New York’s Legionnaires’ Outbreak Masks a Bigger Threat…
New York City (NYC) Legionnaires’ Outbreak chooses Terra Marra Technology:
Copper-Silver Ionization & POU Filtration to kill the deadly bacteria.
In New York’s Legionnaires’ outbreak, More Cases of Legionnaires’ Disease Arise from Drinking Water, but Few Building Owners Adopt Proven Technology to Prevent Bacterial Growth.
The reports are alarming: More than 120 people in New York’s Legionnaires’ outbreak contracted Legionnaires’ disease and 12 others have died. New York’s Legionnaires’ Outbreak had fourteen cooling towers in the city tested positive for Legionella, the bacteria responsible for Legionnaires’.
The response has been encouraging: Widespread testing of cooling towers and disinfection processes is under way, using the proven Terra Marra technology of copper-silver ionization and point-of-use (POU) Legionella filters at shower-heads and faucets. The New York City Council rushed to adopt legislation that requires adherence to part of the new Legionella standard published by the American Society of Heating, Refrigerating and Air-Conditioning Engineers (ASHRAE).
But there’s another problem: Although New York’s Legionnaires’ outbreak, occurring in the largest and most media-saturated city in our nation, sheds much-needed light on a large and under appreciated problem, it has obscured an even bigger threat to the public. Although cooling towers have often been a source of large outbreaks, many more cases of Legionnaires’ arise from drinking water systems in buildings – including showers, fountains and hot tubs. The country began regular testing of all water systems, and after a decade, found that cooling towers account for only one out of every five Legionnaires’ cases. Terra Marra has worked for decades in the New York metro area to prevent Legionella and remediate problematic water systems using their innovative copper-silver ionization technology. Leaders in healthcare, leisure & hospitality, and commercial development, such as Memorial Sloan Kettering Cancer Center, Mount Sinai Hospital, Lennox Hill Hospital, New York University, Rockefeller Center and Tishman Speyer have adopted Terra Marra disinfection technologies to be proactive on infection prevention and to ensure the safest possible environment of care for their patients, guests and staff.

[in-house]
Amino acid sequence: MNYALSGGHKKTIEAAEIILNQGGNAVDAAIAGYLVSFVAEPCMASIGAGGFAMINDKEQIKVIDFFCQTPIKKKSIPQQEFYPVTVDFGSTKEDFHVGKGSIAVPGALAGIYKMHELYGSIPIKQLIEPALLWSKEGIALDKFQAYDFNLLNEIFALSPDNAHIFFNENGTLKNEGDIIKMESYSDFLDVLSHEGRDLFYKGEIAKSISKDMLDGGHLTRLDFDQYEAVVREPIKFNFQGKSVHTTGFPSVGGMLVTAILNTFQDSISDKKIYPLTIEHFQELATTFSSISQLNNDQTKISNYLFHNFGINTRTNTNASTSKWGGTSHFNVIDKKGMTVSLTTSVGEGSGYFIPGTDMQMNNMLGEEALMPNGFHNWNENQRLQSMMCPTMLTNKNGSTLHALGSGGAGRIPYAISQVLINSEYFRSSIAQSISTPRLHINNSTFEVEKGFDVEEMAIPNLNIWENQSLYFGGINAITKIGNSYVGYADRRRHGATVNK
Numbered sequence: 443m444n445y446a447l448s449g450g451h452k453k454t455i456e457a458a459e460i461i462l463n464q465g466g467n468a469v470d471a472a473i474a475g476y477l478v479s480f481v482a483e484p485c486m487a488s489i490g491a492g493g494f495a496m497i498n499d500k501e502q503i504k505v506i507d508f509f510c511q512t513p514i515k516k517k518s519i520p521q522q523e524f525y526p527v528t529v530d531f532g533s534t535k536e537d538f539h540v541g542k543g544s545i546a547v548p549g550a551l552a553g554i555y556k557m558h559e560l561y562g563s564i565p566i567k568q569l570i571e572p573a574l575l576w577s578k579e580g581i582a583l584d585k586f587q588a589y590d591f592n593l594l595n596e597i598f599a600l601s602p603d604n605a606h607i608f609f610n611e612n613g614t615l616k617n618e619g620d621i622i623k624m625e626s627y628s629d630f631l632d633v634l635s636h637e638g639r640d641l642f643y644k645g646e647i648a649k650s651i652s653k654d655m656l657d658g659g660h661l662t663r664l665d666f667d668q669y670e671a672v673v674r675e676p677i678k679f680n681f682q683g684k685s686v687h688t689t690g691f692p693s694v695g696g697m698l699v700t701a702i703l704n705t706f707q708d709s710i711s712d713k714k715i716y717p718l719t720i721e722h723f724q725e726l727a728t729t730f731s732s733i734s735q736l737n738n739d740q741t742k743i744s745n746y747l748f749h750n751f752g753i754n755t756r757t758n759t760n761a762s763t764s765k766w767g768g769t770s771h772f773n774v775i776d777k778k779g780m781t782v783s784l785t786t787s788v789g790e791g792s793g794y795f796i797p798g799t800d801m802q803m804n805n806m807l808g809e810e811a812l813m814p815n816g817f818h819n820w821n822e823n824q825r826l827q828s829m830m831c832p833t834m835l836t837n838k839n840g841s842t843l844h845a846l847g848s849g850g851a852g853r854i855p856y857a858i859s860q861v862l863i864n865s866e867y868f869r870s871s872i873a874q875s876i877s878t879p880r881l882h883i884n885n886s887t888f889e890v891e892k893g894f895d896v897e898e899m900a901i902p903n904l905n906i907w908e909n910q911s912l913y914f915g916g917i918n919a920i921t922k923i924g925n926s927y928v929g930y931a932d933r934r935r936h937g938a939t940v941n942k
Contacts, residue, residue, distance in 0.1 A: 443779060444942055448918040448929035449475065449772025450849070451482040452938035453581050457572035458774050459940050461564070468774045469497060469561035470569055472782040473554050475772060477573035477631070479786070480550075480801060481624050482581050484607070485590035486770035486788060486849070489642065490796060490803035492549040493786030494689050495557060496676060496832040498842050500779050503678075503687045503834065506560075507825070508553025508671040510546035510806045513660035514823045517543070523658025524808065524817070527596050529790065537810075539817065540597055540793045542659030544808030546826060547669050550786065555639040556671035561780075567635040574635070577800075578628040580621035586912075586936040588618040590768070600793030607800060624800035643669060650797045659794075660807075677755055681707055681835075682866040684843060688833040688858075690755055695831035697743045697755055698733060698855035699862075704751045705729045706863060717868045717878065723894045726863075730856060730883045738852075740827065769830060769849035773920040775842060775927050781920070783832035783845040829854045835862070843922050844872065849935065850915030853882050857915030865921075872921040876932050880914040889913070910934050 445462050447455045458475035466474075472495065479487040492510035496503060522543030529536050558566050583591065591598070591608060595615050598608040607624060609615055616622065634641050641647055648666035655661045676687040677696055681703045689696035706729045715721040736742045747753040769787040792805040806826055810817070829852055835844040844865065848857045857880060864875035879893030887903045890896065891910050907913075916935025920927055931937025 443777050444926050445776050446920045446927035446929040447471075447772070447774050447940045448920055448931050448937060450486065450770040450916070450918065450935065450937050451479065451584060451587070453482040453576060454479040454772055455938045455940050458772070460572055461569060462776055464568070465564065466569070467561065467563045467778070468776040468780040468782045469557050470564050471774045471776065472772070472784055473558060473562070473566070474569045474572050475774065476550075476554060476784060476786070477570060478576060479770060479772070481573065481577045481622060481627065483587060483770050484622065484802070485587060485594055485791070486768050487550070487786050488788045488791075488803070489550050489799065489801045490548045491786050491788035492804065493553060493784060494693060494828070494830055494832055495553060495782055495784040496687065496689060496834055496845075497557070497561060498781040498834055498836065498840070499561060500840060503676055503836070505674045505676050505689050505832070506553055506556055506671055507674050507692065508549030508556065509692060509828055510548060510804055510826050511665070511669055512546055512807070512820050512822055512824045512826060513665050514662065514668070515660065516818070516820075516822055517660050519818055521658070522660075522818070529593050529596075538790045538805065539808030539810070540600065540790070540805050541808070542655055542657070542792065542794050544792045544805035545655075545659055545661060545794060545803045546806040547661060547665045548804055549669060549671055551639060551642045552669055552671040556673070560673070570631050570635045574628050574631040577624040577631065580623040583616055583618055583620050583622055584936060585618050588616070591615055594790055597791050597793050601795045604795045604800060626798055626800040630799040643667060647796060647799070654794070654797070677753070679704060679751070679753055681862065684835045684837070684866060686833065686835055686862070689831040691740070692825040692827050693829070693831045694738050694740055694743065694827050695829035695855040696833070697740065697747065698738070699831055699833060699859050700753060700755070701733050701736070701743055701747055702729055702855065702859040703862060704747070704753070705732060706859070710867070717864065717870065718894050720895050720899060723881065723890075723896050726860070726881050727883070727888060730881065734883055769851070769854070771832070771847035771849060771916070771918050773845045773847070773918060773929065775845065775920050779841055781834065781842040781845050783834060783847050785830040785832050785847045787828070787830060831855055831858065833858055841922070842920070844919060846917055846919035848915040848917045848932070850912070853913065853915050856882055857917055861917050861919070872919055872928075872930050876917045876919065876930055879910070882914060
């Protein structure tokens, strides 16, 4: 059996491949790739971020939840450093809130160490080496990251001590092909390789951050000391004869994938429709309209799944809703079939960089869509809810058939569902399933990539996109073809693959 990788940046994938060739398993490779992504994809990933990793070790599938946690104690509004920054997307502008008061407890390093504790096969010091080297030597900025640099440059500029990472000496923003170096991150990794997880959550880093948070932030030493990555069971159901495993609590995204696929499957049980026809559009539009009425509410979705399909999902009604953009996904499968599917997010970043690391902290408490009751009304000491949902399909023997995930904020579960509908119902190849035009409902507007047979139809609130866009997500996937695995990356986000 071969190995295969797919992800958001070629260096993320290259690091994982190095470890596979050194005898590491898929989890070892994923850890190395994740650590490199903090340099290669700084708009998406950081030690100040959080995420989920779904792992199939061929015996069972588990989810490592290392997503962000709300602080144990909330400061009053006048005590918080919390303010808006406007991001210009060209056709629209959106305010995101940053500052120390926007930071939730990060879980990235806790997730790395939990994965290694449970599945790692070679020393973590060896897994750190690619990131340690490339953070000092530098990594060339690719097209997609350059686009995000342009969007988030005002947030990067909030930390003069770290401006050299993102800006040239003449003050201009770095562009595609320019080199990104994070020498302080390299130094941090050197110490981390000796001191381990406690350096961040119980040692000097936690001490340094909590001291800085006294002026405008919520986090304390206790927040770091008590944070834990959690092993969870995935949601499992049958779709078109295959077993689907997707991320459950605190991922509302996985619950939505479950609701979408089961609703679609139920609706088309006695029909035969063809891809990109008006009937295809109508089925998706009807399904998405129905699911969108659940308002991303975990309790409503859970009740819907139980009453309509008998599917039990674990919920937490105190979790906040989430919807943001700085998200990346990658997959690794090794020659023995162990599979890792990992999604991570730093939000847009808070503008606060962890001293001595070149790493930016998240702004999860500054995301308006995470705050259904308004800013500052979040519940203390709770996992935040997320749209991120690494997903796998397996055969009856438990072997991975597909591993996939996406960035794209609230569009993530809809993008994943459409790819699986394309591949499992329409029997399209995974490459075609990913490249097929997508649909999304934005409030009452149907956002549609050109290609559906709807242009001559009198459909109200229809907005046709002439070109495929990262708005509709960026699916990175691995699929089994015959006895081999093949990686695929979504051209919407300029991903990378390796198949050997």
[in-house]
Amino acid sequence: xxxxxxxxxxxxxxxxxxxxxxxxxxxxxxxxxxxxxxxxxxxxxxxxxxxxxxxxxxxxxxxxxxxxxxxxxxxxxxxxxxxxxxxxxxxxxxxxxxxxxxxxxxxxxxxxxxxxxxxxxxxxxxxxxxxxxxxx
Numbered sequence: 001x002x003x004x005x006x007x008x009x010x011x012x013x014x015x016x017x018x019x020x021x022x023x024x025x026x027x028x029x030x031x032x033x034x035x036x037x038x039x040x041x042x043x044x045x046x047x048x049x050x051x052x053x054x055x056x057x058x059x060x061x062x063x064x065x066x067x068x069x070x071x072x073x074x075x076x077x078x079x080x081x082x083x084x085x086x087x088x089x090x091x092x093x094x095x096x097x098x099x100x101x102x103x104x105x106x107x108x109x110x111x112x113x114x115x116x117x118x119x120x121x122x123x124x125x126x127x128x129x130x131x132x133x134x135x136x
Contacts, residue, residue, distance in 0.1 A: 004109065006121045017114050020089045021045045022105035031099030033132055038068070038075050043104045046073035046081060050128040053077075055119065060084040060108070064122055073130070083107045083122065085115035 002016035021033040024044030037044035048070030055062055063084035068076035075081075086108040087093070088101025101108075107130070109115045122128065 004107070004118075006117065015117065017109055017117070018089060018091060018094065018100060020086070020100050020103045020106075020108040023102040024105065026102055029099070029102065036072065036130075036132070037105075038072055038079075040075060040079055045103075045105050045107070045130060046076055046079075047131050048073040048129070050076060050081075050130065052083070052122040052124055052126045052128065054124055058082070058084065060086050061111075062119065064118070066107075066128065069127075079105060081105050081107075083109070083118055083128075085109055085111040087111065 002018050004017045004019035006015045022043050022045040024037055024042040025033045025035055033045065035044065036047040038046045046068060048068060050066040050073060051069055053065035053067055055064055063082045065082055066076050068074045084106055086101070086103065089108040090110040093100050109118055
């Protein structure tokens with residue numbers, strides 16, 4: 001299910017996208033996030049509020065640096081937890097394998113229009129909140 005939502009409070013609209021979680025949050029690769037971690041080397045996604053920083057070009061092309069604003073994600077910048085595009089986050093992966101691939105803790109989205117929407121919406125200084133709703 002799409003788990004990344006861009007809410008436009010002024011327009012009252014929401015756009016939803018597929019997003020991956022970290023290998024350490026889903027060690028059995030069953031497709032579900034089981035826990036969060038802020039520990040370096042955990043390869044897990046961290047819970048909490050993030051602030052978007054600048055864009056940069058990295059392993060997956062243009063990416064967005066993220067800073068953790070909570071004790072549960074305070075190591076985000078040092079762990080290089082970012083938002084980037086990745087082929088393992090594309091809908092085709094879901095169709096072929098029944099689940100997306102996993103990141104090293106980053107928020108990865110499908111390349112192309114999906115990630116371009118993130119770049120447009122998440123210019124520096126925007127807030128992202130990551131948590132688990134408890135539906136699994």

The New York’s Legionnaires’ outbreak also highlights the need for regular testing, continuous online monitoring & control of both drinking water systems and cooling towers. In both cases, Legionnaires’ disease is contracted after the organism aerosolizes in water and people inhale the droplets containing Legionella. Though a few jurisdictions mandate some testing, most do not. In fact, though the Federal Centers for Disease Control and Prevention (CDC) states that keeping Legionella bacteria out of water is the key to preventing infection, it doesn’t require routine testing. To establish that you have no Legionella in either your drinking water or cooling towers, you need to perform regular and routine monitoring and testing to negate any negligence from your facility or asset.
The biggest problem areas are hospitals and spas. Here in the United States, a study in the Pittsburgh area found that 71 percent of hospitals that tested for Legionella bacteria in their water supply found it. The study’s co-author said, “If you don’t look for it, you won’t find it.” You can get Legionnaires’ Disease by taking a shower with contaminated water and breathing in the aerosol/steam.
With proper and regular testing and continuous online monitoring & control, a well-maintained system, Legionella in a facility’s water system can typically be driven to near zero for a cost of less than $100 per day. As the New York’s Legionnaires’ outbreak has shown, preventing an outbreak is far less expensive than incurring the human suffering, litigation and damage to reputation that an outbreak can cause.
Take our FREE online, secure Facility Questionnaire, as an initial Step in developing your Water Management Plan (WMP) that follows the ANSI/ASHRAE Standard 188-2015 Legionellosis Water Safety Plan under forthcoming State regulations.